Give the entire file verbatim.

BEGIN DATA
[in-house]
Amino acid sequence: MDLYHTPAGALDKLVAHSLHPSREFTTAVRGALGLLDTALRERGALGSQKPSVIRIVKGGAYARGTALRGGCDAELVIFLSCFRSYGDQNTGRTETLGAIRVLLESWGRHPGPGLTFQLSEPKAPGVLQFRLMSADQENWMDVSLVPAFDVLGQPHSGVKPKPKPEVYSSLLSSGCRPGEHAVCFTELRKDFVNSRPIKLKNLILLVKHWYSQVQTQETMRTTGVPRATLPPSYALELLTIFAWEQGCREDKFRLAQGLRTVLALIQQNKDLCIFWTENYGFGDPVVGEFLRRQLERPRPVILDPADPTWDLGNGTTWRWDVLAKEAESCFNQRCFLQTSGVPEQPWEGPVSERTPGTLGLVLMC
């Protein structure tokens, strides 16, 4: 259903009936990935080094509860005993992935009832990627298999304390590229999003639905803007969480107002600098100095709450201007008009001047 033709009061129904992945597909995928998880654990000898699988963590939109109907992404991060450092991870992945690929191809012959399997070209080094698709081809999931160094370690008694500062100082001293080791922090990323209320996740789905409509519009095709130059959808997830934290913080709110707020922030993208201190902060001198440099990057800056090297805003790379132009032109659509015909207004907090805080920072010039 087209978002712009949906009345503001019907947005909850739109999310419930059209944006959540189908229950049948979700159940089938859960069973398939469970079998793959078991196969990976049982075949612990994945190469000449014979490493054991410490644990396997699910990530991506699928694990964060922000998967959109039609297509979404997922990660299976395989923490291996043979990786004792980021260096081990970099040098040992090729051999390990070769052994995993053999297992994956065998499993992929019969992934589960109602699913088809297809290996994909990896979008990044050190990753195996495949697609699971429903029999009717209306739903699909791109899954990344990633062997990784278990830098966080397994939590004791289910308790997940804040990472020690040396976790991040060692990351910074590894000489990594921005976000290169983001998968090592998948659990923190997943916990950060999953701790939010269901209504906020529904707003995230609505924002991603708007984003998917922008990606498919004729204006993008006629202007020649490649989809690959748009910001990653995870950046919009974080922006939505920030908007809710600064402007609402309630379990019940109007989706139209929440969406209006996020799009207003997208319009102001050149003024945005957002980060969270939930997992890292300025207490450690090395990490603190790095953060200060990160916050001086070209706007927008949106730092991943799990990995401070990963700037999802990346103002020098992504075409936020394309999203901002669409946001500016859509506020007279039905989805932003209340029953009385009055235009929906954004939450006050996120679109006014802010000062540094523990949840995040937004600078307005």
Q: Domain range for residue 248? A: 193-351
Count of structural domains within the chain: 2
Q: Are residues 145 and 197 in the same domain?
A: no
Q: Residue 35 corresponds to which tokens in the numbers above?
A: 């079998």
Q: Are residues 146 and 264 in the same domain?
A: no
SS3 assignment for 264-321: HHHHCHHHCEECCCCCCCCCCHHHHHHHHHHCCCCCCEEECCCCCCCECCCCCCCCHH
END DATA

[in-house]
Amino acid sequence: MDLYHTPAGALDKLVAHSLHPSREFTTAVRGALGLLDTALRERGALGSQKPSVIRIVKGGAYARGTALRGGCDAELVIFLSCFRSYGDQNTGRTETLGAIRVLLESWGRHPGPGLTFQLSEPKAPGVLQFRLMSADQENWMDVSLVPAFDVLGQPHSGVKPKPKPEVYSSLLSSGCRPGEHAVCFTELRKDFVNSRPIKLKNLILLVKHWYSQVQTQETMRTTGVPRATLPPSYALELLTIFAWEQGCREDKFRLAQGLRTVLALIQQNKDLCIFWTENYGFGDPVVGEFLRRQLERPRPVILDPADPTWDLGNGTTWRWDVLAKEAESCFNQRCFLQTSGVPEQPWEGPVSERTPGTLGLVLMC
């Protein structure tokens, strides 16, 4: 259903009936990935080094509860005993992935009832990627298999304390590229999003639905803007969480107002600098100095709450201007008009001047 033709009061129904992945597909995928998880654990000898699988963590939109109907992404991060450092991870992945690929191809012959399997070209080094698709081809999931160094370690008694500062100082001293080791922090990323209320996740789905409509519009095709130059959808997830934290913080709110707020922030993208201190902060001198440099990057800056090297805003790379132009032109659509015909207004907090805080920072010039 087209978002712009949906009345503001019907947005909850739109999310419930059209944006959540189908229950049948979700159940089938859960069973398939469970079998793959078991196969990976049982075949612990994945190469000449014979490493054991410490644990396997699910990530991506699928694990964060922000998967959109039609297509979404997922990660299976395989923490291996043979990786004792980021260096081990970099040098040992090729051999390990070769052994995993053999297992994956065998499993992929019969992934589960109602699913088809297809290996994909990896979008990044050190990753195996495949697609699971429903029999009717209306739903699909791109899954990344990633062997990784278990830098966080397994939590004791289910308790997940804040990472020690040396976790991040060692990351910074590894000489990594921005976000290169983001998968090592998948659990923190997943916990950060999953701790939010269901209504906020529904707003995230609505924002991603708007984003998917922008990606498919004729204006993008006629202007020649490649989809690959748009910001990653995870950046919009974080922006939505920030908007809710600064402007609402309630379990019940109007989706139209929440969406209006996020799009207003997208319009102001050149003024945005957002980060969270939930997992890292300025207490450690090395990490603190790095953060200060990160916050001086070209706007927008949106730092991943799990990995401070990963700037999802990346103002020098992504075409936020394309999203901002669409946001500016859509506020007279039905989805932003209340029953009385009055235009929906954004939450006050996120679109006014802010000062540094523990949840995040937004600078307005």
Q: Domain range for residue 248? A: 193-351
Count of structural domains within the chain: 2
Q: Are residues 145 and 197 in the same domain?
A: no
Q: Residue 35 corresponds to which tokens in the numbers above?
A: 């079998």
Q: Are residues 146 and 264 in the same domain?
A: no
SS3 assignment for 264-321: HHHHCHHHCEECCCCCCCCCCHHHHHHHHHHCCCCCCEEECCCCCCCECCCCCCCCHH